After I posted The Stone Chamber some time back, a friend of mine who’s a real life archaeologist loaned me a copy of Vermont’s stone chambers: an inquiry into their past, by Giovanna Neudorfer. This is a scholarly work from 1980 that did practical research and field work on some of the stone chambers still existing around Vermont. It was a quick read, but also dense, given the amount of information Neudorfer collected in her study.
Unsurprisingly, her research pointed to practical, historical origins for the chambers, typically after the arrival of Europeans in the area. Used for storage, distilling and other conventional purposes, the stone chambers are part of the historical record, not artifacts from a bygone, unrecorded civilization.
In role-playing games, we make up the things we do because it’s fun to make believe, quite frankly. Role-playing is a highly escapist pastime. I think it’s a fair estimation that most participants in the hobby do so to vicariously live out the thrill of smiting foes, exploring strange worlds and otherwise getting out of their real lives for a few hours in a positive, socially-centered way.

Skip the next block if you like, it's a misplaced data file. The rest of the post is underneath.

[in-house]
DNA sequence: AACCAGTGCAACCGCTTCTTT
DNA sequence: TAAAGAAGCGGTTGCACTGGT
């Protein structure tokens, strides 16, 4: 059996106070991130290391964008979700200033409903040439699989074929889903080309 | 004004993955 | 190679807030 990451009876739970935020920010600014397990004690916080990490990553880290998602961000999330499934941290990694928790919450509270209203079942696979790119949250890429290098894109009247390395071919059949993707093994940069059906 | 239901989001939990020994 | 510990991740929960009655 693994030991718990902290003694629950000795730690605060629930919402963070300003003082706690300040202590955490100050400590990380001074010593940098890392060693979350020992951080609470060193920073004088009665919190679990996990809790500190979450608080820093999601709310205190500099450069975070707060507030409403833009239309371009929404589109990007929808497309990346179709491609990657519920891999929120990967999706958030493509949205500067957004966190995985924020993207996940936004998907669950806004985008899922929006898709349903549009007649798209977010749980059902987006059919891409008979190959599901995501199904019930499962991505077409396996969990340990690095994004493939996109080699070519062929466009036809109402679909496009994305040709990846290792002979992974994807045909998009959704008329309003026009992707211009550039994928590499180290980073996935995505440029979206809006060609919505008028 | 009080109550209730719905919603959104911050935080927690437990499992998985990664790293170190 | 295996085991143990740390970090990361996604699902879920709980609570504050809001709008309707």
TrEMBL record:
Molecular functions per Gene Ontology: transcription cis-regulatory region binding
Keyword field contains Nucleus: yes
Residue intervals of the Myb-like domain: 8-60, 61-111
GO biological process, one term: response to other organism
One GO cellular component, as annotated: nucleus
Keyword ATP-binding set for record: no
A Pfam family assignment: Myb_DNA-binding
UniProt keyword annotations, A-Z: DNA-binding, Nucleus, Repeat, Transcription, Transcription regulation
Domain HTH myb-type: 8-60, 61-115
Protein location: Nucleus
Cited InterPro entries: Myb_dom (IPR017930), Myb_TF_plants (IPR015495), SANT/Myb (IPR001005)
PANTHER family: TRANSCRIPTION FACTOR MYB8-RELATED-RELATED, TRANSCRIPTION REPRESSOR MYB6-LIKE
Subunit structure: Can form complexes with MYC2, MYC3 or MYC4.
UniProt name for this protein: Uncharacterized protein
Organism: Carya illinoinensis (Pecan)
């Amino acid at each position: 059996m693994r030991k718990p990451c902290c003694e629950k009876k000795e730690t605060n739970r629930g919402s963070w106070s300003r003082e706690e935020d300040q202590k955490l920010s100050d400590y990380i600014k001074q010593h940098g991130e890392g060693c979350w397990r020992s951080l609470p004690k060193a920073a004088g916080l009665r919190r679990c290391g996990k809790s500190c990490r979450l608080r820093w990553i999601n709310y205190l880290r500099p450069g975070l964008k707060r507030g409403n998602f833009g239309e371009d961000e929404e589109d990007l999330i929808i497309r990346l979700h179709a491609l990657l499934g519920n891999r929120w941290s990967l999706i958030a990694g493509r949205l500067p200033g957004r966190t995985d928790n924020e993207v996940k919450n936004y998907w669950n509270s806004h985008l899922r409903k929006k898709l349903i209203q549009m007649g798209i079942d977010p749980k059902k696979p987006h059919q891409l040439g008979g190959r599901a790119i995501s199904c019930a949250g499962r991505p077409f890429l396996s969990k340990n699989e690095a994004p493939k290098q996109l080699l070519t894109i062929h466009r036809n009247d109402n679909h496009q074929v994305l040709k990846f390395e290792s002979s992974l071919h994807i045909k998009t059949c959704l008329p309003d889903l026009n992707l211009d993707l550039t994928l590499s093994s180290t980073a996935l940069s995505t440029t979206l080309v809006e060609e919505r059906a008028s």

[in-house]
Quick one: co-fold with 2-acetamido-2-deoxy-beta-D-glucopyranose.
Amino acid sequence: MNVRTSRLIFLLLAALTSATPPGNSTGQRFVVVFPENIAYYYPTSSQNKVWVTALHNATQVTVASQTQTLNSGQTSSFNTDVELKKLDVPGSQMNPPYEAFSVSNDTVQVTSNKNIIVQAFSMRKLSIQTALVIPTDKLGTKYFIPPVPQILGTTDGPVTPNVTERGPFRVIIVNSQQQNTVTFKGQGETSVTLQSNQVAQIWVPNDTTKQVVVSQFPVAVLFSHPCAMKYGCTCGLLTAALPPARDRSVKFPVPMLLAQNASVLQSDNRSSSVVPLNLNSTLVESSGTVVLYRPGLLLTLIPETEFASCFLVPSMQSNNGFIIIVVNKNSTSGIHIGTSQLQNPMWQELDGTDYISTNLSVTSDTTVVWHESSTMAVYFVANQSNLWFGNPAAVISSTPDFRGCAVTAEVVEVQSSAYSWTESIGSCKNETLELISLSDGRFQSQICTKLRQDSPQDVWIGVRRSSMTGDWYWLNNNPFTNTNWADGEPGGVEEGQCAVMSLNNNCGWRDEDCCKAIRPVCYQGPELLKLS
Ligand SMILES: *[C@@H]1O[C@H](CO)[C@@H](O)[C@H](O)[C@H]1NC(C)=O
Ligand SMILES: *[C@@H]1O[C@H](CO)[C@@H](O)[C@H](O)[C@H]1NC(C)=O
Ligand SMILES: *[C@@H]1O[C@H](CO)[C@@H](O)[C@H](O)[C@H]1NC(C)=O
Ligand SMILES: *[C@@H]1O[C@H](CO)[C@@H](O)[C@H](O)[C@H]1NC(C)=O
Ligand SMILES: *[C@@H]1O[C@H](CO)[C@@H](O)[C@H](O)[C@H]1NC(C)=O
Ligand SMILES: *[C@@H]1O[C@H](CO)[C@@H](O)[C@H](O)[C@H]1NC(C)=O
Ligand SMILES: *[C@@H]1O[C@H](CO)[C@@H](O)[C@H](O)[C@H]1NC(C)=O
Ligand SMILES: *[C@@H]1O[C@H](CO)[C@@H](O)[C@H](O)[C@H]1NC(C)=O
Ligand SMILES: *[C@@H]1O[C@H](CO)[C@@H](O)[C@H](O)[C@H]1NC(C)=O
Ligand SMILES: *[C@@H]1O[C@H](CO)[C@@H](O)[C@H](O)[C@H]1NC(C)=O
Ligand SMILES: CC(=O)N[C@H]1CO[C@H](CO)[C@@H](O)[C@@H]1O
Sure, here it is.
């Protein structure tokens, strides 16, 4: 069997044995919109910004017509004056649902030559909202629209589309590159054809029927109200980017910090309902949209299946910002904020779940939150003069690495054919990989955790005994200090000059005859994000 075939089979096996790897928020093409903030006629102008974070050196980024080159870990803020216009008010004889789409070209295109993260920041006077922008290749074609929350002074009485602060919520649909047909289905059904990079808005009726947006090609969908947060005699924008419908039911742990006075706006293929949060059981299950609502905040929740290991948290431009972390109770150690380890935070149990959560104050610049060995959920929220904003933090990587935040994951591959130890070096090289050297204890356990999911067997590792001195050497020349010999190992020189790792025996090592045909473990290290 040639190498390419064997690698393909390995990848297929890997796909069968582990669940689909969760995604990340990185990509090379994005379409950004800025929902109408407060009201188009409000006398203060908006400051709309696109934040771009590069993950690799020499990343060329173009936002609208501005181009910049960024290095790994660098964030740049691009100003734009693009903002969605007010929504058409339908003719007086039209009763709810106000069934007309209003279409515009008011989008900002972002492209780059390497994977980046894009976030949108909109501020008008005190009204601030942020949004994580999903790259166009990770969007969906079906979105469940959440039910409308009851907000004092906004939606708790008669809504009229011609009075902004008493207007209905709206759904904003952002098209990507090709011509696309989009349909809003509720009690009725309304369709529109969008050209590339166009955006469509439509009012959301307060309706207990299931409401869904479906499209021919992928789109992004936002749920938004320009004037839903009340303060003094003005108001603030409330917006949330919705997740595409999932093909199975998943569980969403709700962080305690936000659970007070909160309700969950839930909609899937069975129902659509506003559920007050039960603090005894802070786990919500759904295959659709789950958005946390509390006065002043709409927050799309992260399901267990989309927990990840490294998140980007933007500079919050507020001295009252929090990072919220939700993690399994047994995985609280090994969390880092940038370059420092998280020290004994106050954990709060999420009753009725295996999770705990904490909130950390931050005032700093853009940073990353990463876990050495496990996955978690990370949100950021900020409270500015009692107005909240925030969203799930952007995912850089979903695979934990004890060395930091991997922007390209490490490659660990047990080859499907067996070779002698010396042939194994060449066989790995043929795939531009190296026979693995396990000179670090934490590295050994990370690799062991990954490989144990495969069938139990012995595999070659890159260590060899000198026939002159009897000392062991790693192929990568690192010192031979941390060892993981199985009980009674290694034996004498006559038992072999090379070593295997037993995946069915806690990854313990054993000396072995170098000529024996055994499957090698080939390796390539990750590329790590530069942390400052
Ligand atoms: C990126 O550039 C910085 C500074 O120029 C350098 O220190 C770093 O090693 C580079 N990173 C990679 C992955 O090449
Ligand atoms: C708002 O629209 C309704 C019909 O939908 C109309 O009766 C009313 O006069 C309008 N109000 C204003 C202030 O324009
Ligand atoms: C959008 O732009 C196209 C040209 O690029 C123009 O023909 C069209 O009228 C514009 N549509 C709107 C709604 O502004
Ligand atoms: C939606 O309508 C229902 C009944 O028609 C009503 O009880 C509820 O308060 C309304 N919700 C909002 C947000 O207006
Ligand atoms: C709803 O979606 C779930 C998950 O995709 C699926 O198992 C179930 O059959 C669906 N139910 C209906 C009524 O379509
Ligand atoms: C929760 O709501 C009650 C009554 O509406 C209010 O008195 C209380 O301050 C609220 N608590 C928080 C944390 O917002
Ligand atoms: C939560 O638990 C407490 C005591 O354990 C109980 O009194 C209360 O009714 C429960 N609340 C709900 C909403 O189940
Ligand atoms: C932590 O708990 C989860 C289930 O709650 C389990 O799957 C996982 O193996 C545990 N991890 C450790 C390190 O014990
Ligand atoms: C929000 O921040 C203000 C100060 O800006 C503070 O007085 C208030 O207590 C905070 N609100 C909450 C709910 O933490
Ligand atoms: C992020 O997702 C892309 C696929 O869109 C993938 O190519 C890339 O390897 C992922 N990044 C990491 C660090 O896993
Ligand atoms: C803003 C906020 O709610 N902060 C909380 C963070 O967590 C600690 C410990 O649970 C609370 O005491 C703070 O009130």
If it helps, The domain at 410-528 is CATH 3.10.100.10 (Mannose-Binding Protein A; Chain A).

The distinction is it’s made up and we know it. The willful invention of pseudo-history in the fact of contradictory facts — which is distinct from those topics when there is a genuine lack of knowledge about a historical event or era — is a significantly different and problematic issue.